Why long sales letters are six feet under

I’ve found someone who thinks just like I do (believe me, that’s rarer than you’d think). It’s Canadian copywriter Michel Fortin, whose compelling Death of the Salesletter I’ve been reading over the last couple of days. For somebody who makes his living from writing sales copy, this is a pretty radical position. But like Seth Godin‘s provocatively titled All Marketers Are Liars, the reality is somewhat at odds with the catchy title. The sales letter isn’t dead. But the long web sales letter is. You know the one: it picks you up, sweeps you along, endlessly teases (but wait – there’s more!) and eventually lets go when you slap the mat to submit. But wait – there are three bonuses and 10 PS’s. The giveaway with these sales letters is the scroll bar that’s tiny, hinting at 35 more screens of breathless sales copy to come. Death of the Salesletter has taken me a couple of days (with breaks) to read for one simple reason – it’s 51 pages long. Now I know what you’re thinking (I thought it too) but to be fair to Michel, he does say upfront that the idea started as a blog post and grew from there. And he just kept going until he’d got it all down. In a nutshell, here’s what he says:
  • Long scrolling web page sales letters are dead.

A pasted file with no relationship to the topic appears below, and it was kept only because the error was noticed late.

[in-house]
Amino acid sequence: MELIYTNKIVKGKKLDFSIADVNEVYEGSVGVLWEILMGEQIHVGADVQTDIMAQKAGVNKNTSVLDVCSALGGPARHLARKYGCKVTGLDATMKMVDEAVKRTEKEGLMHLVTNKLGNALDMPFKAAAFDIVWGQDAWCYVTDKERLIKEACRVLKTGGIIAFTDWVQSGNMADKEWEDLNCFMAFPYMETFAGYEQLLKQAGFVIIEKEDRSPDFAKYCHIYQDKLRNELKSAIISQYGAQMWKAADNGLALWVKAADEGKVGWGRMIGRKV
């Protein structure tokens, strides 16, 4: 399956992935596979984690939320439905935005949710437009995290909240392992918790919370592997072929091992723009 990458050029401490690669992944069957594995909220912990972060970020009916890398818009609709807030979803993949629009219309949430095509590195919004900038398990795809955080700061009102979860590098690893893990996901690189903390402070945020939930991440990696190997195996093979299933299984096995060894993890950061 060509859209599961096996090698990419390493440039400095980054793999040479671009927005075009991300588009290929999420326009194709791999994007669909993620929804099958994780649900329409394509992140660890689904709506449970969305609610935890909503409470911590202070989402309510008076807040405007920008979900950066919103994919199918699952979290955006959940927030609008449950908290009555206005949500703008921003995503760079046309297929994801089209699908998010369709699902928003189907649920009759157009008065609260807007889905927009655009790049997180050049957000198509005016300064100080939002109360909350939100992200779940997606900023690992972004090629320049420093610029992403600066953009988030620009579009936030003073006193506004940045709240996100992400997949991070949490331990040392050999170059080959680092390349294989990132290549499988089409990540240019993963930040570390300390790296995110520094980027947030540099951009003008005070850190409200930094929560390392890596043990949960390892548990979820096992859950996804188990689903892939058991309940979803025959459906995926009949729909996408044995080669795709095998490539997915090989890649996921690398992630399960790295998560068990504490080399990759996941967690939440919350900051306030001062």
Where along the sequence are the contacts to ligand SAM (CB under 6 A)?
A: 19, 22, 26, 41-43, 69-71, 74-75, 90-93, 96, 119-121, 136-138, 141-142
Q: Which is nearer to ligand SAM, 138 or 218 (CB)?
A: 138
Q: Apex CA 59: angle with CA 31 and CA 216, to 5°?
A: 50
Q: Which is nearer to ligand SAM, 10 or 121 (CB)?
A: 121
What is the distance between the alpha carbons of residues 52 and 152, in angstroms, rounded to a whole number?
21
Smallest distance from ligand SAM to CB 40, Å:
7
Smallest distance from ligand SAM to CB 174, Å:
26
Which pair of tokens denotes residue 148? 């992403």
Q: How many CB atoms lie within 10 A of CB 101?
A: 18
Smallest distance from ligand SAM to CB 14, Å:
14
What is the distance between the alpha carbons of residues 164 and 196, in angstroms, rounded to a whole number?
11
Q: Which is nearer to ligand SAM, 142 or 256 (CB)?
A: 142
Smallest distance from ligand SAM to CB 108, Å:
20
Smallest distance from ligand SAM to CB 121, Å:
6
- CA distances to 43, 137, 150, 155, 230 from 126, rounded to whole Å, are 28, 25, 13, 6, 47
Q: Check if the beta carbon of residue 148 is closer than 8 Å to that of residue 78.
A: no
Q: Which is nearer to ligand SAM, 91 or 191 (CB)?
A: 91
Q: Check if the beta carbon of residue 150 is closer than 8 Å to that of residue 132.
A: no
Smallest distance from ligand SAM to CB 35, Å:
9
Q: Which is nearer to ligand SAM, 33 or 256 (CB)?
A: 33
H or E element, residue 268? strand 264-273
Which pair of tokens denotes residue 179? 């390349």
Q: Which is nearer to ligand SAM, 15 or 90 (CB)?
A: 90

• Web 1.0 (the static, simple page version) was one-way: the seller spoke to the buyer.
  • Web 2.0 changes all that. It can ‘humanise and magnetise’ a website, build relationships and communicate more effectively. It’s not about technology – it’s about people.
  • It’s not the message that’s changing – it’s the delivery.
  • Sales letters are changing not because people are changing, but precisely because human behaviour will never change (you’ll have to stop and think about that one, like I did)
  • Multimedia (sound, video, picture) creates a ‘multi-sensorial’ experience, which pushes up sales. Not surprisingly, eBay gets most bids for auctions with pictures.
Michel’s got some great recommendations for sales letters that work:
  • Turn your sales letter into a non-sales letter – make it look like something else
  • Be more newsy
  • Give more great content first (then, you can sell)
  • Tell more stories
  • Use copy to connect with your reader
  • Be discreet in your selling effort
  • Focus on building credibility
  • Turn your sales process into a sales experience
  • Use brevity
  • Incorporate multimedia
  • Offer more proof – audio, videos, demos, samples, reviews
Amen to that. It’s fascinating read, and I found myself nodding from start to finish like one of those little toy dogs in the back window. If you’ve got time, check out the report here: Death of the Salesletter.